Ukraine will respond with military action if Russia attempts to annex the country's mainly Russian-speaking eastern regions, interim prime minister Arseniy Yatsenyuk has said.
"I want to officially warn Russia: we will respond firmly, including through military means, against any attempt to seize Ukraine, to cross borders, or annex eastern or other regions by Russian troops," Yatsenyuk was quoted yesterday as saying in Brussels on the government website.
Yatsenyuk also appealed to the West to "respond appropriately" as Moscow moves to attach Ukraine's Crimea Peninsula to the Russian Federation.
"Russia has violated international law and undermined the nuclear non-proliferation regime," the premier said.
"Russia has carried out an armed robbery against an independent neighbouring country."
Under a milestone agreement in 1994, Russia agreed to respect Ukraine's territorial integrity while Kiev renounced its Soviet-era nuclear arms.
"Everyone should understand that there is a price to pay for stability in the world," said Yatsenyuk.
"There are two means: either with victims (of a conflict) or with euros and dollars," he said in reference to economic sanctions.
"It is better to sacrifice euros and dollars than to cry over thousands of deaths in a bloody war.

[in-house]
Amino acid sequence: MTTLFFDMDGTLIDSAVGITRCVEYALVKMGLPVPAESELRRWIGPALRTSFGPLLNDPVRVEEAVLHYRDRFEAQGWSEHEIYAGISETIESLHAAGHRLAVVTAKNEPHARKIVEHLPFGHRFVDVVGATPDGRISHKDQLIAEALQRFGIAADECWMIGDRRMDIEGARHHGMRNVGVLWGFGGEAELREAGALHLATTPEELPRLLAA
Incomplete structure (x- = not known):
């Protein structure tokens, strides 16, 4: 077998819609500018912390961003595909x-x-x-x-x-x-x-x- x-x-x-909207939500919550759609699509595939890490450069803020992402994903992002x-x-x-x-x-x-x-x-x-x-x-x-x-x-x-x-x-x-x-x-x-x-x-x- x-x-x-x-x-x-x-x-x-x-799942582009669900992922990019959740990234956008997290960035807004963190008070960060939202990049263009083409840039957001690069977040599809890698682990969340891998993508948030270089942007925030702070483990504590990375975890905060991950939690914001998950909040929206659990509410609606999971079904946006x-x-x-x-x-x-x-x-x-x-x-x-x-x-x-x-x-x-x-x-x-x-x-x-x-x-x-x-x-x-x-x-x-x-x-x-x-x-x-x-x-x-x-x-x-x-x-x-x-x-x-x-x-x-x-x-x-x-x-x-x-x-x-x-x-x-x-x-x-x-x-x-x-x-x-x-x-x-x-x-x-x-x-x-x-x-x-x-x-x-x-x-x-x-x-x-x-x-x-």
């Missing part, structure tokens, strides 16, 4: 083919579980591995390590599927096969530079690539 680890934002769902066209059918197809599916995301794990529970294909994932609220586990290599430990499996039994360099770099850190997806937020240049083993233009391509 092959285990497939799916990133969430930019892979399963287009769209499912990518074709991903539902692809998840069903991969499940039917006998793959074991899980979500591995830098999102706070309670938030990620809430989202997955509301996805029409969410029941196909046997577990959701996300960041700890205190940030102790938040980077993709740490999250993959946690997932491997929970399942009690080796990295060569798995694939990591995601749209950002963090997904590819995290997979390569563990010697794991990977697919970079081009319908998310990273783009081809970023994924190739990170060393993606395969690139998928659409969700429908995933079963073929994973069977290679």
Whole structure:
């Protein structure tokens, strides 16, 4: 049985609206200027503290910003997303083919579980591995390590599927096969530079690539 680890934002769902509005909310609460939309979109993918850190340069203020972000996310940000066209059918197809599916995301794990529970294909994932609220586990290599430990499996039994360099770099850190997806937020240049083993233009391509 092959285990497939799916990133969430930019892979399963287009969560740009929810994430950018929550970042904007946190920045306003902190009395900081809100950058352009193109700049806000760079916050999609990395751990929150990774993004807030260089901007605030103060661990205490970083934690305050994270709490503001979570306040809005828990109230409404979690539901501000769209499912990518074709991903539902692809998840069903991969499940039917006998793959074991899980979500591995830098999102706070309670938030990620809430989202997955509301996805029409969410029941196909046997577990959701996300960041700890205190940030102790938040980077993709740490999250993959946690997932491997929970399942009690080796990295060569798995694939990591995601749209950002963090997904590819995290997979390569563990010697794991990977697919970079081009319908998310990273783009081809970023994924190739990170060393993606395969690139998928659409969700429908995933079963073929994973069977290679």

"I hope that our European partners understand that. Afterwards it will be too late to use other types of sanctions," he added.
In an address to the German Parliament in Berlin, Chancellor Angela Merkel said the EU was readying further sanctions and that the G-8 forum of leading economies had been suspended indefinitely.
Russia holds the presidency of the G-8 and President Vladimir Putin was due to host his counterparts, including President Barack Obama, at a G-8 summit in Sochi in June.
"So long as there aren't the political circumstances, like now, for an important format like the G-8, then there is no G-8," Merkel said. "Neither the summit, nor the format."
The US and the EU have slapped sanctions on individuals involved in what they say was Crimea's unlawful referendum over joining Russia. Moscow formally annexed Crimea earlier this week in the wake of the poll.
The Black Sea peninsula had been part of Russia for centuries until 1954 when Soviet leader Nikita Khrushchev transferred it to Ukraine, and many residents were happy about rejoining Russia.
Russian forces effectively took control of Crimea some two weeks ago in the wake of the ouster of Ukraine's pro-Russia president, Viktor Yanukovych, after months of protests and sporadic violence.